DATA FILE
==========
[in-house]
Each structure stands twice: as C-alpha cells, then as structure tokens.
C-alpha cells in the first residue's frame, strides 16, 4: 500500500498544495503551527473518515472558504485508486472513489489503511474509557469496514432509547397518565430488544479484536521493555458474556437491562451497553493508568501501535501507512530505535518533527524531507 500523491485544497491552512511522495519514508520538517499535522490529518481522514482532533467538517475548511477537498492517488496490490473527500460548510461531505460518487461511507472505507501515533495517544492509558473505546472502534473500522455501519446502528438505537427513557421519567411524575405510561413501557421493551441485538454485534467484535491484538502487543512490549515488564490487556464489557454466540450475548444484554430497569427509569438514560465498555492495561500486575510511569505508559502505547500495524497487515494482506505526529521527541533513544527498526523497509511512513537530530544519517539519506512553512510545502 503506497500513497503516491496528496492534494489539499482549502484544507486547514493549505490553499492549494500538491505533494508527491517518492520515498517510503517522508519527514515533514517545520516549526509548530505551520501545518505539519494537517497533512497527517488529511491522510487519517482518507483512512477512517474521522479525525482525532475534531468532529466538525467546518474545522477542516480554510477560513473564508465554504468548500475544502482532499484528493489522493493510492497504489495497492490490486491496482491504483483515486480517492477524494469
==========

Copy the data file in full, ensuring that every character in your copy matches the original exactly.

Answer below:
[in-house]
Each structure stands twice: as C-alpha cells, then as structure tokens.
C-alpha cells in the first residue's frame, strides 16, 4: 500500500498544495503551527473518515472558504485508486472513489489503511474509557469496514432509547397518565430488544479484536521493555458474556437491562451497553493508568501501535501507512530505535518533527524531507 500523491485544497491552512511522495519514508520538517499535522490529518481522514482532533467538517475548511477537498492517488496490490473527500460548510461531505460518487461511507472505507501515533495517544492509558473505546472502534473500522455501519446502528438505537427513557421519567411524575405510561413501557421493551441485538454485534467484535491484538502487543512490549515488564490487556464489557454466540450475548444484554430497569427509569438514560465498555492495561500486575510511569505508559502505547500495524497487515494482506505526529521527541533513544527498526523497509511512513537530530544519517539519506512553512510545502 503506497500513497503516491496528496492534494489539499482549502484544507486547514493549505490553499492549494500538491505533494508527491517518492520515498517510503517522508519527514515533514517545520516549526509548530505551520501545518505539519494537517497533512497527517488529511491522510487519517482518507483512512477512517474521522479525525482525532475534531468532529466538525467546518474545522477542516480554510477560513473564508465554504468548500475544502482532499484528493489522493493510492497504489495497492490490486491496482491504483483515486480517492477524494469